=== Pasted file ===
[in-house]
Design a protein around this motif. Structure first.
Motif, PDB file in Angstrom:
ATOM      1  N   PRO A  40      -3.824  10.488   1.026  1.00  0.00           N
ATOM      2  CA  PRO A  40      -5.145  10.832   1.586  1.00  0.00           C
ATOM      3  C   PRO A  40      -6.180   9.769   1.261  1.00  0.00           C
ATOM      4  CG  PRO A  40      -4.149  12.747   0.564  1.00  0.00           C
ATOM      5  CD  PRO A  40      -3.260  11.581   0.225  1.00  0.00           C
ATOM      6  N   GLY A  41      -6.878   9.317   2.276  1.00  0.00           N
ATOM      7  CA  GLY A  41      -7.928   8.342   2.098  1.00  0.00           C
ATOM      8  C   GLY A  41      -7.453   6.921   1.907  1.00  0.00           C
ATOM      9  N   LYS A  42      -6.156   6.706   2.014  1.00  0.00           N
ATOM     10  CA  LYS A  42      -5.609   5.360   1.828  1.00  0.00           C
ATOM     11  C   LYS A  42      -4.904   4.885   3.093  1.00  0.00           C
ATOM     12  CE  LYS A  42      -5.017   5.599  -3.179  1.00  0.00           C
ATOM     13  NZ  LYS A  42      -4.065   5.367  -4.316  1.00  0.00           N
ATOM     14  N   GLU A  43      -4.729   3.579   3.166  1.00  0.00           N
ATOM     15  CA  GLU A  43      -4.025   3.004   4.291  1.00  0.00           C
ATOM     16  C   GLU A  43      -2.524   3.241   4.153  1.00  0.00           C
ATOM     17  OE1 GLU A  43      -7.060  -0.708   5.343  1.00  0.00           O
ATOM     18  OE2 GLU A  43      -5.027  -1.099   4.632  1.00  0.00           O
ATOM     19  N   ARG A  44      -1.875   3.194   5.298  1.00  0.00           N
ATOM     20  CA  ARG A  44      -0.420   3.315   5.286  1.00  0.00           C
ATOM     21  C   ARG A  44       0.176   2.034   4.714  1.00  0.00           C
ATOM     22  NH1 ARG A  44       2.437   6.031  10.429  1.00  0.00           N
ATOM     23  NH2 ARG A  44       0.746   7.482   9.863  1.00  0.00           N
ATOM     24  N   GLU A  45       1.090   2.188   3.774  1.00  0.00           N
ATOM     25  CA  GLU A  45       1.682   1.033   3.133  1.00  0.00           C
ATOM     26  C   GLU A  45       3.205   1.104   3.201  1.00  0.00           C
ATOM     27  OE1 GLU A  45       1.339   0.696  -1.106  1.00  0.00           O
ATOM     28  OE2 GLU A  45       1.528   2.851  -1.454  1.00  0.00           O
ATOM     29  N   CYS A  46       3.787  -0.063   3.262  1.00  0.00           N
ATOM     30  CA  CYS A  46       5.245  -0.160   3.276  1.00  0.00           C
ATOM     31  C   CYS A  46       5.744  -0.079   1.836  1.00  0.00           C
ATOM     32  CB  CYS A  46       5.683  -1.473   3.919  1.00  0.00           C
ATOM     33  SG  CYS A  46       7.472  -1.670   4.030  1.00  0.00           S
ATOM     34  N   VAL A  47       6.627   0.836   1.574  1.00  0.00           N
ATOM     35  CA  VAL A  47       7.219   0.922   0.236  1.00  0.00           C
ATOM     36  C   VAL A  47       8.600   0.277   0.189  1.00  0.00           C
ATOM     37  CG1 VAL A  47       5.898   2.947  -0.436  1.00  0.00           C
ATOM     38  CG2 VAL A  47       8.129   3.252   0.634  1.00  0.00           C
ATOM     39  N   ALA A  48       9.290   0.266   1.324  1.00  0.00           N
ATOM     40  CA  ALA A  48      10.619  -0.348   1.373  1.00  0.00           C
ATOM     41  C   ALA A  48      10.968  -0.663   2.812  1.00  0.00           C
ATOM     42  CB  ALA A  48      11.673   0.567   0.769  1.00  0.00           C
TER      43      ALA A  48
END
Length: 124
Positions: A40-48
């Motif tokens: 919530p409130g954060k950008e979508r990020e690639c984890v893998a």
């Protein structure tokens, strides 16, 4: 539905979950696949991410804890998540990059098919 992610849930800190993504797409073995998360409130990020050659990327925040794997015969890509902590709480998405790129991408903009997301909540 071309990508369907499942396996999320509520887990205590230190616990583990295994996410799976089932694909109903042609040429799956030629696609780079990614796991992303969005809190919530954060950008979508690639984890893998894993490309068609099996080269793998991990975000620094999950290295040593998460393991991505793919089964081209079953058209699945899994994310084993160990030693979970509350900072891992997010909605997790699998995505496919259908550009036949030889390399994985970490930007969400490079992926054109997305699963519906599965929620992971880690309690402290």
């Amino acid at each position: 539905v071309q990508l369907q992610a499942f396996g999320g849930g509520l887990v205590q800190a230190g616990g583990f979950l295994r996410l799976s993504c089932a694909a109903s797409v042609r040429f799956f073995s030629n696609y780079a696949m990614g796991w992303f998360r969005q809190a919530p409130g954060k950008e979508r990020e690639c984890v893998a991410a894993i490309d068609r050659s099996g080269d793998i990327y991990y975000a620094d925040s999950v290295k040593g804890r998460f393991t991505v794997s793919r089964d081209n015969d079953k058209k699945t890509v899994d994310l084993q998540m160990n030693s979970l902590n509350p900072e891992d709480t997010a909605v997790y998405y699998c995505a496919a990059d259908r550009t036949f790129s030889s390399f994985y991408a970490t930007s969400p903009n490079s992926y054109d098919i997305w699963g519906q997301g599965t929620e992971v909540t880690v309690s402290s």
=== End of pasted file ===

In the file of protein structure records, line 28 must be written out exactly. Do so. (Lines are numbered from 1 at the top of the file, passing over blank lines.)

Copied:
ATOM     25  CA  GLU A  45       1.682   1.033   3.133  1.00  0.00           C